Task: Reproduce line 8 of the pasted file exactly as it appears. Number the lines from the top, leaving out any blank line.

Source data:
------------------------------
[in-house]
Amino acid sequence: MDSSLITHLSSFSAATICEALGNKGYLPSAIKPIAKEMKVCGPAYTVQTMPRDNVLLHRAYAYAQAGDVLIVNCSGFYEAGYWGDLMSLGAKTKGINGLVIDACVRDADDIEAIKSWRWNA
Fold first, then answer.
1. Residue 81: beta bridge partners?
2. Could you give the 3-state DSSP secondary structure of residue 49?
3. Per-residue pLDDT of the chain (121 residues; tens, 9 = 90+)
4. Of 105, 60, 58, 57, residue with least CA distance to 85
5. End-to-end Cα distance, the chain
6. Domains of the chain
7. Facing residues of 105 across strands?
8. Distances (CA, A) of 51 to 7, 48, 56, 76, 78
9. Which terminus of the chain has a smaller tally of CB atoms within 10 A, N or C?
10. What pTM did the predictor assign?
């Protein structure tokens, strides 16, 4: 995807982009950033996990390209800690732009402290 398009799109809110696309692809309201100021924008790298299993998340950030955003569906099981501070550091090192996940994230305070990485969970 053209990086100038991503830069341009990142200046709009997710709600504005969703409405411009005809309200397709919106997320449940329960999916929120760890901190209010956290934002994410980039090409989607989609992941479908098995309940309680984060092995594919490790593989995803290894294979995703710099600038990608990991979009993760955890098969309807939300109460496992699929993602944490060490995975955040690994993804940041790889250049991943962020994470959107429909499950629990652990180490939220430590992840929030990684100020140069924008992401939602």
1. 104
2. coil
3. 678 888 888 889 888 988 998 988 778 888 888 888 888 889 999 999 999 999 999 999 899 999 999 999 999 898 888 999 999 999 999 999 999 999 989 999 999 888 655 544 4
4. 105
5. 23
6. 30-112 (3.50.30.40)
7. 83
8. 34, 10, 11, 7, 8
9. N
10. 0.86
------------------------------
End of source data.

5. End-to-end Cα distance, the chain